The bottom line: "These localized players reflect modest and isolated competition and almost always ends up being a partner outside their home market (or core content window), says Matthew Ball, former head of strategy at Amazon Studios.

2: TV blackouts are the new normal
Expand chart
Data: Kagan, a media research group within S&P Global Market Intelligence, and The American Television Alliance; Chart: Andrew Witherspoon/Axios

With five months left in the year, 2019 has already set the record for the highest number of television blackouts in history, according to new data from the American Television Alliance (ATVA).

Why it matters: Increased disputes between TV networks and their distributors — mainly cable and satellite companies — over how much networks should charge distributors for the rights to air their content.

Driving the news: CBS said Saturday that AT&T dropped CBS-owned television networks from the channel lineups of millions of AT&T customers, including DIRECTV, DIRECTV NOW and AT&T U-verse TV customers, in markets all over the United States.

The big picture: These disputes, driven by a shrinking traditional TV advertising market, are leading to more programming blackouts for consumers, and are forcing some smaller, niche cable channels out of business altogether.

Some disputes last for months. Others never get resolved.

  • HBO and Cinemax, for example, haven't been available to Dish or Dish-owned Sling TV customers since late last year.
  • Dish and Disney nearly faced a big blackout this weekend, but the two parties were able to come to a last-minute extension, preventing several Disney-owned networks, like FX and National Geographic, from going dark.

What's next: Expect more blackouts as major programmers weigh whether to re-up distribution deals.

  • Local broadcaster Nexstar stations have been dark on AT&T properties since July 4th, when the two companies announced they were unable to reach an agreement.
  • Last week, 17 local broadcast stations in 12 markets owned by Meredith went dark for Dish customers.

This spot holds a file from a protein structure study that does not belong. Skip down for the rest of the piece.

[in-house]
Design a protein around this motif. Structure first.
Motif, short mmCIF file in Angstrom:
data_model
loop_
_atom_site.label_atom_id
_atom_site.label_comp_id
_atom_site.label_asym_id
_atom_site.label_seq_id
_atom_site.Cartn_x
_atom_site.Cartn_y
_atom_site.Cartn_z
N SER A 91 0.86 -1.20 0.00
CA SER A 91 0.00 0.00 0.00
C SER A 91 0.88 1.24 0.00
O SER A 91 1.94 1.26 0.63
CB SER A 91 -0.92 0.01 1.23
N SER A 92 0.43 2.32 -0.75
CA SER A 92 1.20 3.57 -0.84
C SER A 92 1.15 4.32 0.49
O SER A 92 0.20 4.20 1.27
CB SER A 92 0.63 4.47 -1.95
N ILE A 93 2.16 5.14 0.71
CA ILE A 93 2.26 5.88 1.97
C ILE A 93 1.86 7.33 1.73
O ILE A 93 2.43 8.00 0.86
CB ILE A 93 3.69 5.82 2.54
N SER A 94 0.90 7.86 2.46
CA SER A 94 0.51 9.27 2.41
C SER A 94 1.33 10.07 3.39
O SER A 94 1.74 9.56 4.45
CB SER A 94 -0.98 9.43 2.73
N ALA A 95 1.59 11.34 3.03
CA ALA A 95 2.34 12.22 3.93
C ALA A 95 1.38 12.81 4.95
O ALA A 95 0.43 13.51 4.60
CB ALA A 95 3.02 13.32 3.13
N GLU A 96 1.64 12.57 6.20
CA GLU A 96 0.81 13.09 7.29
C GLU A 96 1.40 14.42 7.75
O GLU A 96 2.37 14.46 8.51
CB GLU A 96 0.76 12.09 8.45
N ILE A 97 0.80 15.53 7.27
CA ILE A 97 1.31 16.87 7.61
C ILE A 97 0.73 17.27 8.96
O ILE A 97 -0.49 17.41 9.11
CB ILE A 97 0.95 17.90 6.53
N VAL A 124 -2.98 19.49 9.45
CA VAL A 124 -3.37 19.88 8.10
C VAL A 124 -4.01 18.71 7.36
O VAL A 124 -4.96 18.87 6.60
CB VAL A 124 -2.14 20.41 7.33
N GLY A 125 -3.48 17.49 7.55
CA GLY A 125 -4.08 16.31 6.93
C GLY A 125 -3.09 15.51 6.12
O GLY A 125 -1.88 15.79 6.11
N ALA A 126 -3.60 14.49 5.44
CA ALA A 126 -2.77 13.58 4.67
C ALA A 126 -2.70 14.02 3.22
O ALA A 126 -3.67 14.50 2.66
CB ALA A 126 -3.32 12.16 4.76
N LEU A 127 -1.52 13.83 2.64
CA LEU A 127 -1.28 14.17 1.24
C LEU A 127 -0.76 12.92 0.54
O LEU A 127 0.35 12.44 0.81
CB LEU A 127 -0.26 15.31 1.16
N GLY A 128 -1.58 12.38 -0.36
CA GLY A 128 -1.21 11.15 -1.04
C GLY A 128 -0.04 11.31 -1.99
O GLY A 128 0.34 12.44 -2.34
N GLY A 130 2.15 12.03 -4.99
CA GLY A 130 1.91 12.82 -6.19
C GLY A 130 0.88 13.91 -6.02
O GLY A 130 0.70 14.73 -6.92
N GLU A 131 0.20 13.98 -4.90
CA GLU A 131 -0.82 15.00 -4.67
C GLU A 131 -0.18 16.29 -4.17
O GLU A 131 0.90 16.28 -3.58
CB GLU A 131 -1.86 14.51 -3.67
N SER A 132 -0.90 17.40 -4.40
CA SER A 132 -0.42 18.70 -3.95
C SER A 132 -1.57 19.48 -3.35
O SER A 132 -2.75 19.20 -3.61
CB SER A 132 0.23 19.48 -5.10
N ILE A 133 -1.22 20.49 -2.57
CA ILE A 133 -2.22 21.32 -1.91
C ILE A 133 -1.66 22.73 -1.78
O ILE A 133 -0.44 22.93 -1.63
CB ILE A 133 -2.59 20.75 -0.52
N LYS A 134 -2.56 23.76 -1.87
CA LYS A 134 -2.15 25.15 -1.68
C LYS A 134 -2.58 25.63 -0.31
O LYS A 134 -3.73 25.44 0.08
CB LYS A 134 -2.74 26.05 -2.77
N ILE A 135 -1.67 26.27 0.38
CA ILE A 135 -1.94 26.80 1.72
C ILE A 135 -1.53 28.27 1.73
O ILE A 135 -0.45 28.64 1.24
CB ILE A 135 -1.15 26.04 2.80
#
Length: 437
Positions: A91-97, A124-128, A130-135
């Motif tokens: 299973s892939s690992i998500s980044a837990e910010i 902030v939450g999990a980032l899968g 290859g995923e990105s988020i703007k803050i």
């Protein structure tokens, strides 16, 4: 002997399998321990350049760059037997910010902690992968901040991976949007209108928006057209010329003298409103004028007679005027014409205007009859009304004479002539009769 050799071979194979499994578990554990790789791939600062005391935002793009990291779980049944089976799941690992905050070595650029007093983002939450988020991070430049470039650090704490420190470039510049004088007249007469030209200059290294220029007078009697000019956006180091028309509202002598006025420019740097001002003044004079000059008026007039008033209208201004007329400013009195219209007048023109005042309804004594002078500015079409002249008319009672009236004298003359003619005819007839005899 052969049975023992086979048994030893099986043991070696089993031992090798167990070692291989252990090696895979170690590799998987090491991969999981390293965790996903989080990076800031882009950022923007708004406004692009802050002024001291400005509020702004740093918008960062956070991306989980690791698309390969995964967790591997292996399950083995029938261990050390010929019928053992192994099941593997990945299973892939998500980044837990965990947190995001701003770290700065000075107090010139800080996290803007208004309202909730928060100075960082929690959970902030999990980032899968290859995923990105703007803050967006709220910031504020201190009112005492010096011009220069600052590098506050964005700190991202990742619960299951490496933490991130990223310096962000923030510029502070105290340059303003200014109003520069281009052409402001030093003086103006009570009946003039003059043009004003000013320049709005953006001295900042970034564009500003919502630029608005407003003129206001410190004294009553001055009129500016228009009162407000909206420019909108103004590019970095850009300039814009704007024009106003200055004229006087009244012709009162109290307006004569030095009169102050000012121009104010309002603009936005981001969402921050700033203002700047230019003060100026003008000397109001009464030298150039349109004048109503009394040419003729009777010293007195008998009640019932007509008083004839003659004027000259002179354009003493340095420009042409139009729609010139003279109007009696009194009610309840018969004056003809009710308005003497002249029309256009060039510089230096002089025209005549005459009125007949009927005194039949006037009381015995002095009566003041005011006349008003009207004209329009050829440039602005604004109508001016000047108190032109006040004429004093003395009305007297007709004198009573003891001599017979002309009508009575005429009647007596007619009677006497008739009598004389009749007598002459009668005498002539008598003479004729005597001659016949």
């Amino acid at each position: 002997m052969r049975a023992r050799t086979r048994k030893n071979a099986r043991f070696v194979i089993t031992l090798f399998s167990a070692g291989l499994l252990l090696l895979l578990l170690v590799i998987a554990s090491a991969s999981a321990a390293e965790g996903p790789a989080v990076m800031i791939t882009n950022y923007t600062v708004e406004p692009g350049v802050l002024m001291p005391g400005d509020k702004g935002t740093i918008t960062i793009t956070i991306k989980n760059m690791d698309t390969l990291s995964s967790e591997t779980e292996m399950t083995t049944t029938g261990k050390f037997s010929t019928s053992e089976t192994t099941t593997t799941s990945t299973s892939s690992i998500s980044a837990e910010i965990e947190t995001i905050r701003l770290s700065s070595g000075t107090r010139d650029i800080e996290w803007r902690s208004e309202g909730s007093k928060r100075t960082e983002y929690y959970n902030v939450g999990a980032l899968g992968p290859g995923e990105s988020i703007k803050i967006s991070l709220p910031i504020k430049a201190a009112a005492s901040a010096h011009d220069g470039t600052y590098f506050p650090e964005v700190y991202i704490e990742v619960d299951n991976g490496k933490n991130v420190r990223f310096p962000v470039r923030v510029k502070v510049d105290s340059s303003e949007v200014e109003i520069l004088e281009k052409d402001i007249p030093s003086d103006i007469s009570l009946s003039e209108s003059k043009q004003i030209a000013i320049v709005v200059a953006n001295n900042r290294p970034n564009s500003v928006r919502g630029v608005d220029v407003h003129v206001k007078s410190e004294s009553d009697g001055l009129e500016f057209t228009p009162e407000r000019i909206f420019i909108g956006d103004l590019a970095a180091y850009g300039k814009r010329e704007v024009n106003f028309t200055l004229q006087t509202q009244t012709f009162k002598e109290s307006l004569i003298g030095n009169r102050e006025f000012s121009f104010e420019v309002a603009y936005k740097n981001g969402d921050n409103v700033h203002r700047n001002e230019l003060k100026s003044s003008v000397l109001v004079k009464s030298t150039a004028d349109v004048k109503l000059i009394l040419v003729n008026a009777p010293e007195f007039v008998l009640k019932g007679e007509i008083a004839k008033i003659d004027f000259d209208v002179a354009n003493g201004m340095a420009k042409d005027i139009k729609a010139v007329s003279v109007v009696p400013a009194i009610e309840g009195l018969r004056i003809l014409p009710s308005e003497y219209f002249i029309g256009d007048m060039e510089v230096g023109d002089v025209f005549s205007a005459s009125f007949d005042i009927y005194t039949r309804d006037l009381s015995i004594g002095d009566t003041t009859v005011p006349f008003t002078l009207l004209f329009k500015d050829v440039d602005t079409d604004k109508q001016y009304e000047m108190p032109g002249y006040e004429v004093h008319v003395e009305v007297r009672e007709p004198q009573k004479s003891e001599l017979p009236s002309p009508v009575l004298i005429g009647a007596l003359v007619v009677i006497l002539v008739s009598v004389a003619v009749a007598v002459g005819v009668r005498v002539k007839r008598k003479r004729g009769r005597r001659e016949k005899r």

Be smart: Regulators rarely intervene in these fights, even when they're asked to, because they believe these disputes are best left to the market.

3. A new paper powerhouse
Expand chart
Data: UNC Center for Innovation and Sustainability in Local Media; Chart: AndrewWitherspoon/Axios

Gannett Co, the largest newspaper owner by circulation in the U.S., and its rival GateHouse Media, the largest newspaper owner by number of papers in the U.S., are currently in talks to merge, The Wall Street Journal reports.

Why it matters: The combination of the two publishing powerhouses means that a single company would own 1 in every 6 newspapers in the United States.

Details: GateHouse, which is owned by New Media Investment Group Inc., has a reputation for slashing costs and consolidating resources.

  • Industry analysts say they expect cost synergies between the two companies to come from sales and operational roles and point to examples of ways the newspaper giant has consolidated resource hubs around the country, like GateHouse's Center for News and Design in Texas.

Be smart: Unlike some recent mergers in broadcast and telecom — also legacy industries upended by technology — experts don't believe that the deal would cause any regulatory concerns, because the companies don't really overlap in key markets.